The fight between US government ethics groups and the Trump administration became ugly after the administration refused to release the logs containing the people who visited President Trump at Ma-a-Lago resort which is the family home of Mr. President. This comes after the department of justice was ordered by a federal court in July to go forth with the review of the people who visited the president at Palm Beach, Florida. Citizens for Responsibility and Ethics in Washington which is a nonprofit liberal organization had successfully carried a promotion saying that they would acquire the visitors’ logs this week. The justice department instead gave a list of 22 names of the people from the state department who visited the resort. However, it has been reported that these people were part of the delegation that joined Japanese Prime Minister Abe. He visited the resort on February and held a meeting with President Trump. This latest dispute is part of an ongoing dispute related to the records of private people wishing to visit the president. Some experts see this as renewed scrutiny to the business empire of Donald Trump. Also, there are also suspicions onto why the administration should want to hide information that would go a long way in identifying conflicts of interest.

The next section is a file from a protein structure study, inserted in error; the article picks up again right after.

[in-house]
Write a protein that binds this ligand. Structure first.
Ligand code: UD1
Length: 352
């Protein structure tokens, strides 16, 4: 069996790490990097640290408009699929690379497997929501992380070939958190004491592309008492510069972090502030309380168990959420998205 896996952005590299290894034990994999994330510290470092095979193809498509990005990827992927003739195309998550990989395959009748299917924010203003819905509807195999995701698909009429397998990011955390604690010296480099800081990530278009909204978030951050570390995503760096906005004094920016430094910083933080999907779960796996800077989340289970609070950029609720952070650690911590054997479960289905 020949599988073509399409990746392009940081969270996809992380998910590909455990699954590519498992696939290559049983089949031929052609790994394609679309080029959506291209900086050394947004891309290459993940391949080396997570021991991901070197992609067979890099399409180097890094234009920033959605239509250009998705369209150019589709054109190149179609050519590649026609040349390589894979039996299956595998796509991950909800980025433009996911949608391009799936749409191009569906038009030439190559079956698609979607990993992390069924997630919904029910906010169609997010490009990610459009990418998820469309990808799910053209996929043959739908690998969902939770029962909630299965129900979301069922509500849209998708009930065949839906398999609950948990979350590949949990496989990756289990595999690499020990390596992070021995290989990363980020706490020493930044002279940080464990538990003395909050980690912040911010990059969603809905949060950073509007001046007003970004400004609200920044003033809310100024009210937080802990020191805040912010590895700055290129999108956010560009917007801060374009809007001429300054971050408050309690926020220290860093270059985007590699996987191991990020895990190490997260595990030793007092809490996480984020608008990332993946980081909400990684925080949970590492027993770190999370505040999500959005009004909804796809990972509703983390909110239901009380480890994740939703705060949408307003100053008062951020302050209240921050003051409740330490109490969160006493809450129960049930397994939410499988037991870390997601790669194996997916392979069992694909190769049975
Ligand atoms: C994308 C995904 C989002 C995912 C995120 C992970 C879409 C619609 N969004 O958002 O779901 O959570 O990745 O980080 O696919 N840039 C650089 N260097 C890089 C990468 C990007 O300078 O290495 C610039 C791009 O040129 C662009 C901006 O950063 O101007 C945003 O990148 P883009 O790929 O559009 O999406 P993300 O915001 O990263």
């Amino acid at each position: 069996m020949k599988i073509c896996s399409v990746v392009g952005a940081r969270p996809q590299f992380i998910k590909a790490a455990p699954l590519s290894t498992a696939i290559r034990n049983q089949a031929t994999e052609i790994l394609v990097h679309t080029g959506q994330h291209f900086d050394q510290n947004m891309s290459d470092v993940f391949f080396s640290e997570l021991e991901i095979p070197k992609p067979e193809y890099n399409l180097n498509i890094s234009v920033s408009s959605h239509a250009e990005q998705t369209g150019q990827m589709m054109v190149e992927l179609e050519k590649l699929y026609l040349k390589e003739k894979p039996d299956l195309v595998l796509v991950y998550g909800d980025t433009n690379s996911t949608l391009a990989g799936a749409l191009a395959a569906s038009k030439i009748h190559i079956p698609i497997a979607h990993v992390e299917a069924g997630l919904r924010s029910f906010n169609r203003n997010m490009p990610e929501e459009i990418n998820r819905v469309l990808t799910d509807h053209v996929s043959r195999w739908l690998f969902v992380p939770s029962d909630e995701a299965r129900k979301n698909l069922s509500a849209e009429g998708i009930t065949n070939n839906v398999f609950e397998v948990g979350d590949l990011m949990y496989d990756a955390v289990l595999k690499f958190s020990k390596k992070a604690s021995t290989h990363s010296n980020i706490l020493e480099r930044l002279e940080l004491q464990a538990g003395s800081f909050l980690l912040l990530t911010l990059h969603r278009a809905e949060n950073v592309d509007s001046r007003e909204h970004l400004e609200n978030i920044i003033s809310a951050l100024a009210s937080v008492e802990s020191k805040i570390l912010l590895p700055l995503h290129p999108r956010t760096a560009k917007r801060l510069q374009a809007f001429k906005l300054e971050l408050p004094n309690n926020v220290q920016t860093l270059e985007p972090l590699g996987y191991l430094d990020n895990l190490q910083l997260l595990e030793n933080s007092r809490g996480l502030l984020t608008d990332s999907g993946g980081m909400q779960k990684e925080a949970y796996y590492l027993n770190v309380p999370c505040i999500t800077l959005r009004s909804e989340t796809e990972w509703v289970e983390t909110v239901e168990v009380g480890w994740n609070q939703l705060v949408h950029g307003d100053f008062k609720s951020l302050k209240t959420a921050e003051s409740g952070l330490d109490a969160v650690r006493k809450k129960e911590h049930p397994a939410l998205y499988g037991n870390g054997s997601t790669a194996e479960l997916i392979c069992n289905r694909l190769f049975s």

Crew had partnered with two more institutions to access the visitors’ logs. The other institutions were the Knight First Amendment Institute of Columbia University as well as the National Security Archive. In the April lawsuit, the three institutions sought to acquire president visitors’ log alone. They made it clear that they were not interested in the details of other visitors who were at the resort during the period. However, the White house is not required to disclose its information to the public through the Freedom of Information Act. However, the three institutions were able to argue that since the Secret Service is charged with presidential visitors’ record, they are not protected by the FOIA. At the same time, Secret Service is a branch of the Department of Homeland Security. Therefore, the Trump administration was ordered on July by Judge Katherine Polk Failla to avail the documents by the end of September. In a statement to CREW, the justice department said that most of the visitor records don’t fall under the jurisdiction of the law. Nevertheless, an executive director from CREW known as Noah Bookbinder said that his organization would challenge the decision by the justice department in a court of law.